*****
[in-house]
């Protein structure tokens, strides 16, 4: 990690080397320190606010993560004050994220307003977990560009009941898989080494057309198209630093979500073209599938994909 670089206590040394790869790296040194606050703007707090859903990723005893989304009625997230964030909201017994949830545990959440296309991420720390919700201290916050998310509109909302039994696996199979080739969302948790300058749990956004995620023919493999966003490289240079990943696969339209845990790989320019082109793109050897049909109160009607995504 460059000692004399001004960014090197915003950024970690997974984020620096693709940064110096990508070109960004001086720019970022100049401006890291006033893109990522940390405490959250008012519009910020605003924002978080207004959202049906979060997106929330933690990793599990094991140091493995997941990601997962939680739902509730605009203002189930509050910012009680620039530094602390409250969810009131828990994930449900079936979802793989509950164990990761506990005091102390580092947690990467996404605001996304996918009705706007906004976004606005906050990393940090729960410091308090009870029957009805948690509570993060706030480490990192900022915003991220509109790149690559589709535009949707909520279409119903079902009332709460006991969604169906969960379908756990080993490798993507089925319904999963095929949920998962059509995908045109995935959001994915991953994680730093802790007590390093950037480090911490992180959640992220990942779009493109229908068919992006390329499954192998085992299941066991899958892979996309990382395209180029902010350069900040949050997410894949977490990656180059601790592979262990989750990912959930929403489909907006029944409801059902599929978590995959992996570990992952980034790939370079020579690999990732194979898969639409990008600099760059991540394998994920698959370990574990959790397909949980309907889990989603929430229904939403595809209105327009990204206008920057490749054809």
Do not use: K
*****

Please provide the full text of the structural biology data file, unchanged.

[in-house]
């Protein structure tokens, strides 16, 4: 990690080397320190606010993560004050994220307003977990560009009941898989080494057309198209630093979500073209599938994909 670089206590040394790869790296040194606050703007707090859903990723005893989304009625997230964030909201017994949830545990959440296309991420720390919700201290916050998310509109909302039994696996199979080739969302948790300058749990956004995620023919493999966003490289240079990943696969339209845990790989320019082109793109050897049909109160009607995504 460059000692004399001004960014090197915003950024970690997974984020620096693709940064110096990508070109960004001086720019970022100049401006890291006033893109990522940390405490959250008012519009910020605003924002978080207004959202049906979060997106929330933690990793599990094991140091493995997941990601997962939680739902509730605009203002189930509050910012009680620039530094602390409250969810009131828990994930449900079936979802793989509950164990990761506990005091102390580092947690990467996404605001996304996918009705706007906004976004606005906050990393940090729960410091308090009870029957009805948690509570993060706030480490990192900022915003991220509109790149690559589709535009949707909520279409119903079902009332709460006991969604169906969960379908756990080993490798993507089925319904999963095929949920998962059509995908045109995935959001994915991953994680730093802790007590390093950037480090911490992180959640992220990942779009493109229908068919992006390329499954192998085992299941066991899958892979996309990382395209180029902010350069900040949050997410894949977490990656180059601790592979262990989750990912959930929403489909907006029944409801059902599929978590995959992996570990992952980034790939370079020579690999990732194979898969639409990008600099760059991540394998994920698959370990574990959790397909949980309907889990989603929430229904939403595809209105327009990204206008920057490749054809």
Do not use: K